Stronger Ankles for Running
We can sometimes take our ankles for granted, in getting us round that marathon, half marathon, 10K, 5K, or even just around the block. However, an ankle sprain can be both painful and frustrating if it hinders our regular training. An accidental sprain may be unavoidable, but some sprains may occur through a weakness or instability of the ankles. This is where we can be proactive and take steps to guard against such sprains.
Basic Ankle Anatomy
The ankle comprises bones, joints, ligaments, tendons, muscles, nerves and blood vessels.
The ankle joint is formed by the connection of three bones, namely the talus, tibia and fibula. The bottom of the talus sits on the calcaneus, the top of the talus sits under the tibia and fibula. The talus works like a hinge, enabling the foot to move up and down.
The ligaments and tendons are connective tissue, the ligaments connecting bone to bone and the tendons connecting bone to muscle. Various tendons connect the muscles of the calf to the bones comprising the ankle and foot.
Weakness and instability of the ankles, or overtraining, can lead to ankle sprains, of which there are two types:
- Inversion, where the foot collapses inwards, leading to overstretching or tearing of the outer ligaments
- Eversion, where the foot is twisted outwards, leading to overstretching or tearing of the inner ligaments.
A sprain is typically painful and the ankle can become swollen and show bruising.
To treat a sprained ankle you can use the RICE method, comprising Rest, Ice, Compression and Elevation.
Do not put ice directly on to the skin of the affected area. An ankle support, providing some compression, can help recovery and give you some confidence to get around during the healing period. Elevation will help to drain away old blood and send new blood to the area for healing.
If you have a persistent ankle problem you could consider seeing a physiotherapist and/or a podiatrist. If you are local to our Cardiff shop you can visit our Sports Injury and Physiotherapy Clinic. For Edinburgh based runners visit our Sports Clinic there. Or Londoners can visit our in-store London Physiotherapy.
Once you have recovered from an ankle sprain, or if you have not sustained an ankle sprain and want to strengthen and condition your ankles, you can think about incorporating some ankle-strengthening exercises into your training regime.
Tight calf muscles can be a contributory factor to straining or spraining your ankles, so make sure you stretch out your calves. See the calf stretches in this video.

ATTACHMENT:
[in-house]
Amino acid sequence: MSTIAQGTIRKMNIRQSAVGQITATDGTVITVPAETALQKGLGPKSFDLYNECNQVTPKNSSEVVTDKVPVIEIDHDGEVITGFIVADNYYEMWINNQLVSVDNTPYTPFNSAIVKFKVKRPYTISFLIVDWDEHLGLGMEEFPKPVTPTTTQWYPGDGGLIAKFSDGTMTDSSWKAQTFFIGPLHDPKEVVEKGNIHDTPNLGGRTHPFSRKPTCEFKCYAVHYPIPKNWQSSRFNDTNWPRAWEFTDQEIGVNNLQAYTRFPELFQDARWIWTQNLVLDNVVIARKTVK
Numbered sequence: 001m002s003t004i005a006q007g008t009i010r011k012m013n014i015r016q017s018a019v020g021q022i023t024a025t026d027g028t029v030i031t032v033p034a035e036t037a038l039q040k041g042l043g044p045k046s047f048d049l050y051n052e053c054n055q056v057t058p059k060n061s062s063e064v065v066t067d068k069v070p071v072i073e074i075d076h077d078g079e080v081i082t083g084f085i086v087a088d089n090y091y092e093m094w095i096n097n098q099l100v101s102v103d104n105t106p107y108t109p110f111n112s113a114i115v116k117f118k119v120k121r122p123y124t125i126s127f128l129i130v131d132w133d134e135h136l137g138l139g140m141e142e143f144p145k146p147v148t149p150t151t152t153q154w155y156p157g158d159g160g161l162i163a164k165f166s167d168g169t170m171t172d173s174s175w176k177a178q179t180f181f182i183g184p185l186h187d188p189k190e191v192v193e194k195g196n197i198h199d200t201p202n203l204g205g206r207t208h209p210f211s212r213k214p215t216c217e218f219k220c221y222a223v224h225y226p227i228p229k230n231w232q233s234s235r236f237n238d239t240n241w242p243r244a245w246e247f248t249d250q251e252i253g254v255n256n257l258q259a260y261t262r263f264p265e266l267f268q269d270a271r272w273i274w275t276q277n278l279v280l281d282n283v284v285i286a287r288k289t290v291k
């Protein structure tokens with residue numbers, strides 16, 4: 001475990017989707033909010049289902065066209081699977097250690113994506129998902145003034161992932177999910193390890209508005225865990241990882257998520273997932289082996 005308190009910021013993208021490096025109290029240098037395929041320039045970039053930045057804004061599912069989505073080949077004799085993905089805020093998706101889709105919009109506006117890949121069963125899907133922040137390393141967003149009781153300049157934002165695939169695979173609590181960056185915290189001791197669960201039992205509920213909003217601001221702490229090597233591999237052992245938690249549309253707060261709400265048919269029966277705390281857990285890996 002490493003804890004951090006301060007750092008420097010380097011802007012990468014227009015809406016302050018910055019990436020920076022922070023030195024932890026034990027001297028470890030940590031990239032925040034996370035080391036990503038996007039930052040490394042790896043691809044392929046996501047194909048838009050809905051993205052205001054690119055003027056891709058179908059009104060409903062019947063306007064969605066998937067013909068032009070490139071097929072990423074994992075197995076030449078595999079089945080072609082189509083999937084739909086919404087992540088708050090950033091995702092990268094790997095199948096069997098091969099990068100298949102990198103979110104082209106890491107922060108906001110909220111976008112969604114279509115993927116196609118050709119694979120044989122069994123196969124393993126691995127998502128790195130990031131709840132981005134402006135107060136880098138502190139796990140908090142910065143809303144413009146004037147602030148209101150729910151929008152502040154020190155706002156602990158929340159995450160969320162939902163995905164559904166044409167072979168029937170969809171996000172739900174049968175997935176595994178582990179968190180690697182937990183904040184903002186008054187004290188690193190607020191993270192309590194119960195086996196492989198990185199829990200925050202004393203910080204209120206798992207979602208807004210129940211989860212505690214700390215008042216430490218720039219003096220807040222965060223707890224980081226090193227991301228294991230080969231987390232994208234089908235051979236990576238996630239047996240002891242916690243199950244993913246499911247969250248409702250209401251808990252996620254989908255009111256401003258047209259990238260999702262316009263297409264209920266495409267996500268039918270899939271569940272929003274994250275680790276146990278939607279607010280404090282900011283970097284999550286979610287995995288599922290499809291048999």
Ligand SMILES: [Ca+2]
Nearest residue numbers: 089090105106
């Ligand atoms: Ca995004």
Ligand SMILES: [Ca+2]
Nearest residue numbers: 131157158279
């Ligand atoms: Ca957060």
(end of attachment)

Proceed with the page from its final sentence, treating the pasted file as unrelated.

In addition to the above, you can try the following:
- Stand on one leg and swing your other leg forwards and backwards a few times, and side to side a few times.
- At the same time swing your arms to and fro, or side to side, to help you balance.
Incidentally, this is a good exercise for coordination too!
Calf raises can be helpful in strengthening your ankles. Standing on a flat surface, go up on to the balls of your feet, and then go back down. Then stand on one leg and go up on to the ball of that foot. Then change to the other foot.
You can also do calf raises where you stand half on, and half off, a step, going up on to the balls of your feet and then dropping back down a little below the step. Be careful to listen to your body and not overdo it! Check out the same video cited above.
Have you ever used a wobble board? It can be an excellent tool for developing more stability, not only for your ankles but also your core and your whole body.
If you are unsure which exercises would be best for you and how many repetitions of each exercise you should do, think about enlisting the help of a personal trainer. They can tailor a strength and conditioning programme to your needs, and help you with motivation too! In our Cardiff shop we have a Personal Trainer on hand:
In some cases of injury the culprit can be our running shoes. Road running shoes fall into different categories: neutral, support, motion control, also minimal and “barefoot”. Everyone has a running gait which would also fall into a certain category.
Your specialist running shop can help you find a match for your gait. Check out our Natural Gait Analysis service. A running shoe which allows too much overpronation (inward turning) or supination (outward turning) of the foot could contribute to a sprain.
If you are unfortunate enough to suffer an ankle sprain there are ways to encourage the ankle’s recovery, and there are also ways to strengthen and condition your ankles, to give you the best chance of preventing any sprains and enable you to run more strongly, more confidently, and more happily.
Leave a Comment